Tag Archives: north korea

Michael Palin’s superb documentary on North Korea

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Channel 5 have surpassed themselves in presenting Michael Palin’s two-episode programme on his travels in North Korea.

It is a surprise to find the great Python on Channel Five, but the show reminds one of his enormous skill at presenting charming and informed pictures of foreign places.

Palin makes clear, up front, that he and his crew went where they were allowed and an “entourage” of five or six North Korean government officials accompanied them, supervising their filming and every word said on camera.

Posted in TV and film | 3 Comments

Lessons on North Korea from history


A recent visit to the Korean War Veterans’ Memorial in WEST Potomac Park, Washington DC was very memorable. “DC” as they call it is rammed with memorials. Of all the ones I saw on my recent visit, the Korean War one was certainly the most moving. There is a wall where the images of those involved in the war are sand-blasted, plus some sculptures of troops on a recce (see my photo above).

Nearly three million people lost their lives in the Korean War from 1950-53. I doubt whether anything would …

Posted in Op-eds | Also tagged , and | 11 Comments

Observations of an ex pat: Scary

Be scared. Be very scared. In fact if you saw, listened to or read about President Donald Trump’s UN address than you are probably terrified.  If not, then think again.

Trump used the occasion of his first speech to the General Assembly to draw red lines across the  map and dare his opponents to cross them. North Korea, Iran and Venezuela are the new axis of evil.

In one breath he called for an international order based on a respect for national sovereignty and with the next bullied those those who oppose him.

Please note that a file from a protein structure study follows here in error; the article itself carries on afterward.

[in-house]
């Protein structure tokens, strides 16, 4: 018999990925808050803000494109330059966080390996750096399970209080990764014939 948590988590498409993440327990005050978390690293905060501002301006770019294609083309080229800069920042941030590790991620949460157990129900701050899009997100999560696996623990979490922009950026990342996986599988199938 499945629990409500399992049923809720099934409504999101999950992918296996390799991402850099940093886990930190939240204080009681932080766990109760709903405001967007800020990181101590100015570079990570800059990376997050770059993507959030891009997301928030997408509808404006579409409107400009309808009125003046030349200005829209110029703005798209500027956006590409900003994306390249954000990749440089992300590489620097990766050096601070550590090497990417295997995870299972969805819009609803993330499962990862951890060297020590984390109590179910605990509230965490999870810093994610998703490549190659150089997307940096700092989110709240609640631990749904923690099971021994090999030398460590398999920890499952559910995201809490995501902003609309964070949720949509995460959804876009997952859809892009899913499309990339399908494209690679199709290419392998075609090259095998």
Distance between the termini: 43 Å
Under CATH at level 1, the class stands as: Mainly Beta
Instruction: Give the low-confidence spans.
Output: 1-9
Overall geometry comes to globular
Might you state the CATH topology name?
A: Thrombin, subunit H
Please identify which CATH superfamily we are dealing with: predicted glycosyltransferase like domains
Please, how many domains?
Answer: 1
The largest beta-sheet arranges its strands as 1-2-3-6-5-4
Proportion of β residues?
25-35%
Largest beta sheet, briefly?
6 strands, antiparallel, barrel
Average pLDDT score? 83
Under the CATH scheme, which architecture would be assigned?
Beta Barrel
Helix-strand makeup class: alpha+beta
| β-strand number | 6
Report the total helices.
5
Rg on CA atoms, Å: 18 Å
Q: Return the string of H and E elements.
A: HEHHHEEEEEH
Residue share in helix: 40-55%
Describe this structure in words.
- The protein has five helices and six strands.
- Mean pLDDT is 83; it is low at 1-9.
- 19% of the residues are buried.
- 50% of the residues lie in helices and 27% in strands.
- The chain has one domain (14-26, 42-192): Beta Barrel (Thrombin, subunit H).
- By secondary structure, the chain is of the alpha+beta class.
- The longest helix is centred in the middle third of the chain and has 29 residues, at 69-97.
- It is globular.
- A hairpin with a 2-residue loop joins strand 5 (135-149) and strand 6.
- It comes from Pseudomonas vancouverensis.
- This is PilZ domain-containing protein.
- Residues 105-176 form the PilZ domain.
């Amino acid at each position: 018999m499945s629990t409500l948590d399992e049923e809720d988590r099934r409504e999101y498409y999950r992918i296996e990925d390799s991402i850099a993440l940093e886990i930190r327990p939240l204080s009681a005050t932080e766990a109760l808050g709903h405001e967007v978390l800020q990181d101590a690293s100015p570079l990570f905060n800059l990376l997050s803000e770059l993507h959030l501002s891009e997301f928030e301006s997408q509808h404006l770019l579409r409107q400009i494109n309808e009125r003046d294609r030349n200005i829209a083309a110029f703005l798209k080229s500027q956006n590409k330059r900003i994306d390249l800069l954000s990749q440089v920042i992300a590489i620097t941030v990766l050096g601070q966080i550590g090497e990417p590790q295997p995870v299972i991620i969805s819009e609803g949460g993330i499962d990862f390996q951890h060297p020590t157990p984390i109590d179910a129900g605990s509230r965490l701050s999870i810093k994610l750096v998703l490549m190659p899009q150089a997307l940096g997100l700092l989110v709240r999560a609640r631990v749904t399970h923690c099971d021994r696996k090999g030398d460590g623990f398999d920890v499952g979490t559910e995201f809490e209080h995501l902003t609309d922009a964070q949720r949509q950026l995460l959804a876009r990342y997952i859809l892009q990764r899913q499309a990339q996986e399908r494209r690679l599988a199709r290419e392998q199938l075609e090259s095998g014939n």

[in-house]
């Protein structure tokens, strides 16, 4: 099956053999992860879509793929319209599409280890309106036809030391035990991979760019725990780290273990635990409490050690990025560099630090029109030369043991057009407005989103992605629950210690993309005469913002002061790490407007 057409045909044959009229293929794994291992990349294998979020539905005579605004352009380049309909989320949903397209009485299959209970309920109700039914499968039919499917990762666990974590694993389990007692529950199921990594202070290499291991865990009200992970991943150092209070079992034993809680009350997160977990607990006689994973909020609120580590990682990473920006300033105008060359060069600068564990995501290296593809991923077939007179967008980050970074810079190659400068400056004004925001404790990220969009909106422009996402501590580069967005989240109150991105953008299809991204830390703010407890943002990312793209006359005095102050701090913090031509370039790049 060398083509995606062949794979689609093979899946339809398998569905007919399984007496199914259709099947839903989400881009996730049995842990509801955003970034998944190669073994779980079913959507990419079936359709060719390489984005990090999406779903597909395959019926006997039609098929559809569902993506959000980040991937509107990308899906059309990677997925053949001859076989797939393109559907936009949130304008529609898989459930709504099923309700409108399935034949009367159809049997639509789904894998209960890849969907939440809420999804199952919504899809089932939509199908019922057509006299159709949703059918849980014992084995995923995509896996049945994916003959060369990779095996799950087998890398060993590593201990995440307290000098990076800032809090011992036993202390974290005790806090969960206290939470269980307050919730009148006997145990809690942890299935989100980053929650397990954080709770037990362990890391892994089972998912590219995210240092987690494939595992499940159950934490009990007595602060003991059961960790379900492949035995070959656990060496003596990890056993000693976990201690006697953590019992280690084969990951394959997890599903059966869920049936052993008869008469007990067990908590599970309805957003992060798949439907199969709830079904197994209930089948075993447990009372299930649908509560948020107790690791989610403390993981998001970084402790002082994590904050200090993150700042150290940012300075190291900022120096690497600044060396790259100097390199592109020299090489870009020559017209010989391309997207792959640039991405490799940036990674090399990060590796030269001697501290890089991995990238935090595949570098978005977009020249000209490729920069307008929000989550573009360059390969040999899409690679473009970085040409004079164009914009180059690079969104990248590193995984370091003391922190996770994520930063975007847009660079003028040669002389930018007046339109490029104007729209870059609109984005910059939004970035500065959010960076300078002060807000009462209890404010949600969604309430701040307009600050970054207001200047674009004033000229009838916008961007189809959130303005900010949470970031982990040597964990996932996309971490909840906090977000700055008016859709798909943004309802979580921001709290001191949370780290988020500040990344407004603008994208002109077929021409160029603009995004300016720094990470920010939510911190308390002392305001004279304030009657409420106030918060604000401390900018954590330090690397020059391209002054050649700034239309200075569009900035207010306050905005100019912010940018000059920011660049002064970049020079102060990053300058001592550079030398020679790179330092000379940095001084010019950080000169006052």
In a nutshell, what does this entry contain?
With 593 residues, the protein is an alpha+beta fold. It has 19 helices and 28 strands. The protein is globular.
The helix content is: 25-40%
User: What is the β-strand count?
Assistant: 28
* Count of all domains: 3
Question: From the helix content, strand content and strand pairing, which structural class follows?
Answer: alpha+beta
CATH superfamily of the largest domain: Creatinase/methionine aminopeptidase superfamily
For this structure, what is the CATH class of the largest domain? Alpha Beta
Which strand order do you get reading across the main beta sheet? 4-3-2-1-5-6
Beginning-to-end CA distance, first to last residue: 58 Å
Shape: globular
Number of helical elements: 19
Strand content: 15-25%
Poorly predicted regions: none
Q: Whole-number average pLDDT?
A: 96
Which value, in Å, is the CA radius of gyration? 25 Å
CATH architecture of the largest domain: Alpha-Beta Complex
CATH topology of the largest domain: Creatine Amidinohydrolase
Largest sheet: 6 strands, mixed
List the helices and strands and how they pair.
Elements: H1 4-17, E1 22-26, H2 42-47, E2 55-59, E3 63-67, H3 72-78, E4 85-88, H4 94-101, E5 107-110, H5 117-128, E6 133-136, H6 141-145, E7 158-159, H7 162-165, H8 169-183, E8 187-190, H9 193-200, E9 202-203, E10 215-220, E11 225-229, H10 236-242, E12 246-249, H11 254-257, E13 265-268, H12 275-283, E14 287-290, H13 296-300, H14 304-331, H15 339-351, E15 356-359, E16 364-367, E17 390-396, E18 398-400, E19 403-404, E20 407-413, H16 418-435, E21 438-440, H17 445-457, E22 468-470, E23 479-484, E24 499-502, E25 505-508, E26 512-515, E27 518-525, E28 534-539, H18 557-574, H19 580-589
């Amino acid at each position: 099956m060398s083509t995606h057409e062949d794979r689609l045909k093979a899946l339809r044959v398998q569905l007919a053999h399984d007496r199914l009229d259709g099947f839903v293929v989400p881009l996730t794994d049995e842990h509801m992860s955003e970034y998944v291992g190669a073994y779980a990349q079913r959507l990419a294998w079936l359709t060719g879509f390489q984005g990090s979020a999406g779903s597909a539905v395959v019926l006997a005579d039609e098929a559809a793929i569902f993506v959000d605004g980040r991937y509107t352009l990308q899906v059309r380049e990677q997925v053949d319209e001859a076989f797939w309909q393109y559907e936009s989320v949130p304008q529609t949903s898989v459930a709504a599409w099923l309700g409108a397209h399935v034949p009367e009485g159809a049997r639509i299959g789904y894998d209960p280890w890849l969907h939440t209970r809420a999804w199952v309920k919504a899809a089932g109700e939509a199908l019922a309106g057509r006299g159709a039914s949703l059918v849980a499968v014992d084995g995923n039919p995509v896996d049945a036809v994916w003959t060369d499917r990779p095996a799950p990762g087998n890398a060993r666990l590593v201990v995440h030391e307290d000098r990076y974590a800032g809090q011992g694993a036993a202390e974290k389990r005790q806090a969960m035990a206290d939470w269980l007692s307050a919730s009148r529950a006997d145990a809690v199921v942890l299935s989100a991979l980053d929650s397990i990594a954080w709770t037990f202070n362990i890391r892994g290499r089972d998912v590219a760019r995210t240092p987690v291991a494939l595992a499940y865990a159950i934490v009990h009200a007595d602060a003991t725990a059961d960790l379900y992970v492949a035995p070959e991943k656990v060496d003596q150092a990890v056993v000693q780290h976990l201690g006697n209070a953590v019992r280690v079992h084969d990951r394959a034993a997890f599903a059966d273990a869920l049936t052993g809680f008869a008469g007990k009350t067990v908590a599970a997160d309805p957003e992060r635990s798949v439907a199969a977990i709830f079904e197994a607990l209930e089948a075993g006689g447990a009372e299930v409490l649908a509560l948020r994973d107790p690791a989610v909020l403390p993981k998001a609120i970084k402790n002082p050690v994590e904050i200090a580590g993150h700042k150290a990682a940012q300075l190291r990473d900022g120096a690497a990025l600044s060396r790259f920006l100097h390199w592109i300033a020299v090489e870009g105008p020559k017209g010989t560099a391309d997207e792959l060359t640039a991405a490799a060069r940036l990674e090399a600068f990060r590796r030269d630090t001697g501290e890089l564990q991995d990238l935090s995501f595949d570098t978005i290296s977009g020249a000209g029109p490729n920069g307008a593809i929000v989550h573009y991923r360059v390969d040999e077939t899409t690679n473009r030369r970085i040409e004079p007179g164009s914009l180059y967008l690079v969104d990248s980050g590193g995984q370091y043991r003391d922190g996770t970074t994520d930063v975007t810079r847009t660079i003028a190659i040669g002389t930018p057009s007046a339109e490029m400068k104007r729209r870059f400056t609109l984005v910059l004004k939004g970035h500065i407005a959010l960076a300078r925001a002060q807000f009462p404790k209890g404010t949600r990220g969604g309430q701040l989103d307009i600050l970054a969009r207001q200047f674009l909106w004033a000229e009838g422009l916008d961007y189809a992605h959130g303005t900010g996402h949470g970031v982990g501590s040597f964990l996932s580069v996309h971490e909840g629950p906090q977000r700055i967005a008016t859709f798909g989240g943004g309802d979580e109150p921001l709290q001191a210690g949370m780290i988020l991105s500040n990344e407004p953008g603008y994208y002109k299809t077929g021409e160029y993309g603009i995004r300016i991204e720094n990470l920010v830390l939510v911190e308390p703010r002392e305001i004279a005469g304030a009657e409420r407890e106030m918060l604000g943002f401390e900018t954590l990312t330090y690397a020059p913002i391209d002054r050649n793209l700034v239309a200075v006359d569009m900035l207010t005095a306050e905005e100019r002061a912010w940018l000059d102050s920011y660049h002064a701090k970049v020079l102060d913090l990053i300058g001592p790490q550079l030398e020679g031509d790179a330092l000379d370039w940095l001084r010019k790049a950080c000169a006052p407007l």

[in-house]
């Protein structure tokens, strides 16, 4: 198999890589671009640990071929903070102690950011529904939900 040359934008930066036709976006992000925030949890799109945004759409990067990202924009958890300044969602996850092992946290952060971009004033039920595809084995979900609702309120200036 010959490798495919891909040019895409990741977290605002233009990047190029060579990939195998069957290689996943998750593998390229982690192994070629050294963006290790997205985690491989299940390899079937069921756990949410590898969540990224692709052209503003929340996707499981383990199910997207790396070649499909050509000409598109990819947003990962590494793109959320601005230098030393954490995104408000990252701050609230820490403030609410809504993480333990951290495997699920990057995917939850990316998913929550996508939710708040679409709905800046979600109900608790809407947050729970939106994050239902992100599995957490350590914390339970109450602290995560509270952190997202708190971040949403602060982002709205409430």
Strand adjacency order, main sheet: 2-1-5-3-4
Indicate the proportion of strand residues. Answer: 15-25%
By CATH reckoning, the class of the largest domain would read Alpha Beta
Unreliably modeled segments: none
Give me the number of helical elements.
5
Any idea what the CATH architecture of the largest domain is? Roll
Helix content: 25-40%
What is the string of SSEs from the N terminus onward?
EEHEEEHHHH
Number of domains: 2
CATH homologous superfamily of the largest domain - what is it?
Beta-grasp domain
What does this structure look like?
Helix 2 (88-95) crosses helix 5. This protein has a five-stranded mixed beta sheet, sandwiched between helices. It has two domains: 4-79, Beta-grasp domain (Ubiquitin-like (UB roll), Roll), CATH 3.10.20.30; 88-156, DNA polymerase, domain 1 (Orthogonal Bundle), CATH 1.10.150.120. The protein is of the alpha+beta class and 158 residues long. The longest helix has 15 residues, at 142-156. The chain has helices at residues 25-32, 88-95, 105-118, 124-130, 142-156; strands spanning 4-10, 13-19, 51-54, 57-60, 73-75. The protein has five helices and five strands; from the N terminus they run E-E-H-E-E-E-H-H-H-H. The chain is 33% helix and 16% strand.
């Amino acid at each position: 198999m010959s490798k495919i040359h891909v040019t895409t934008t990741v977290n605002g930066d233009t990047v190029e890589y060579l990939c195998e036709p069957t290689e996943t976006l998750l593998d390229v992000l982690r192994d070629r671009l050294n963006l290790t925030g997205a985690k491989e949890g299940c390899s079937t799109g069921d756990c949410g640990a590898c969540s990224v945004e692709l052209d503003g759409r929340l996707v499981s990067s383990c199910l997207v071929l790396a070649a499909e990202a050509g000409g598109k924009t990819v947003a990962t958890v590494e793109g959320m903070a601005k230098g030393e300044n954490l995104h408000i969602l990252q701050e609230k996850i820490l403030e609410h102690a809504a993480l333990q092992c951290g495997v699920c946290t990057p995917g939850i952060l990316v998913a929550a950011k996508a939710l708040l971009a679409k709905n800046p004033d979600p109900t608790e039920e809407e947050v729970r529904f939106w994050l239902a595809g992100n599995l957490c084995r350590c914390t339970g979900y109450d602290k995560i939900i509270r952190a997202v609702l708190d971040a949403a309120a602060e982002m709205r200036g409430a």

The United Nations and international cooperation enjoyed early support, but …

Posted in Op-eds | Also tagged , and | 3 Comments

Cable on North Korea: Unilateral military action must be ruled out

Vince Cable has called for a parliamentary debate on the situation with North Korea as the country conducts its sixth nuclear missile test.

He said:

This alleged advancement North Korea’s nuclear weapons programme only strengthens the need to for an urgent diplomatic response to the crisis.

There is no military solution that does not risk the lives of millions, and no doubt that Trump’s war of words with Kim Jong-un has only served to heighten tensions.

Liberal Democrats are clear that the way forward requires engaging with China and other countries in the region to deescalate tensions. The government must urgently schedule time in Parliament to discuss this issue, and any unilateral military response must be ruled out.

Posted in News | Also tagged | 22 Comments

Observations of an ex pat: Trouble at NWS 101

There are serious problems in the playground at Nuclear Weapons School 101. There is a new boy—Kim. Nobody likes him. He is loud, obnoxious and into domestic abuse in a big way.